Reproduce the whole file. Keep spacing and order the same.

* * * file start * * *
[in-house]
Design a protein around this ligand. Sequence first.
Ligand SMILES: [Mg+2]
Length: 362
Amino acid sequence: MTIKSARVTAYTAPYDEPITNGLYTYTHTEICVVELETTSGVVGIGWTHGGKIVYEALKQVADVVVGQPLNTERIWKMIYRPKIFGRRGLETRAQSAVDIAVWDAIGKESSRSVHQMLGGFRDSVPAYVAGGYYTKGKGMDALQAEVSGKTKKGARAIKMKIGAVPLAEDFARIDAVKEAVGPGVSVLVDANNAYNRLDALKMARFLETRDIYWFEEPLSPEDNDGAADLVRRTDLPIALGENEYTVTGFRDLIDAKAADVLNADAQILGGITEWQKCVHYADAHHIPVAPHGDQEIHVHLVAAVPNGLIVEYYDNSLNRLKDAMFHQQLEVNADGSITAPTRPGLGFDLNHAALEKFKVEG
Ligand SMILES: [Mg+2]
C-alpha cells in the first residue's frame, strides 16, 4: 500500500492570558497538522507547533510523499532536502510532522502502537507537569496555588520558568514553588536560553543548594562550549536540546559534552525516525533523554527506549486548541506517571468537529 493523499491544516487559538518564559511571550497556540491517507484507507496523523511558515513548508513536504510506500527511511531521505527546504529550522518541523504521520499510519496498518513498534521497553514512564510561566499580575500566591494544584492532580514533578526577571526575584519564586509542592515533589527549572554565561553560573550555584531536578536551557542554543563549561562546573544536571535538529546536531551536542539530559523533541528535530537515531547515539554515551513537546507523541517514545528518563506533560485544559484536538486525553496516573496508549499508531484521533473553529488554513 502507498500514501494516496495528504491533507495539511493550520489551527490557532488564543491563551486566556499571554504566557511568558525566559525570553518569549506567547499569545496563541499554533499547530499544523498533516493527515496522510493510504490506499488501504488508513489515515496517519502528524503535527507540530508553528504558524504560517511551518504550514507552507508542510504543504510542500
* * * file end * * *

[in-house]
Design a protein around this ligand. Sequence first.
Ligand SMILES: [Mg+2]
Length: 362
Amino acid sequence: MTIKSARVTAYTAPYDEPITNGLYTYTHTEICVVELETTSGVVGIGWTHGGKIVYEALKQVADVVVGQPLNTERIWKMIYRPKIFGRRGLETRAQSAVDIAVWDAIGKESSRSVHQMLGGFRDSVPAYVAGGYYTKGKGMDALQAEVSGKTKKGARAIKMKIGAVPLAEDFARIDAVKEAVGPGVSVLVDANNAYNRLDALKMARFLETRDIYWFEEPLSPEDNDGAADLVRRTDLPIALGENEYTVTGFRDLIDAKAADVLNADAQILGGITEWQKCVHYADAHHIPVAPHGDQEIHVHLVAAVPNGLIVEYYDNSLNRLKDAMFHQQLEVNADGSITAPTRPGLGFDLNHAALEKFKVEG
Ligand SMILES: [Mg+2]
C-alpha cells in the first residue's frame, strides 16, 4: 500500500492570558497538522507547533510523499532536502510532522502502537507537569496555588520558568514553588536560553543548594562550549536540546559534552525516525533523554527506549486548541506517571468537529 493523499491544516487559538518564559511571550497556540491517507484507507496523523511558515513548508513536504510506500527511511531521505527546504529550522518541523504521520499510519496498518513498534521497553514512564510561566499580575500566591494544584492532580514533578526577571526575584519564586509542592515533589527549572554565561553560573550555584531536578536551557542554543563549561562546573544536571535538529546536531551536542539530559523533541528535530537515531547515539554515551513537546507523541517514545528518563506533560485544559484536538486525553496516573496508549499508531484521533473553529488554513 502507498500514501494516496495528504491533507495539511493550520489551527490557532488564543491563551486566556499571554504566557511568558525566559525570553518569549506567547499569545496563541499554533499547530499544523498533516493527515496522510493510504490506499488501504488508513489515515496517519502528524503535527507540530508553528504558524504560517511551518504550514507552507508542510504543504510542500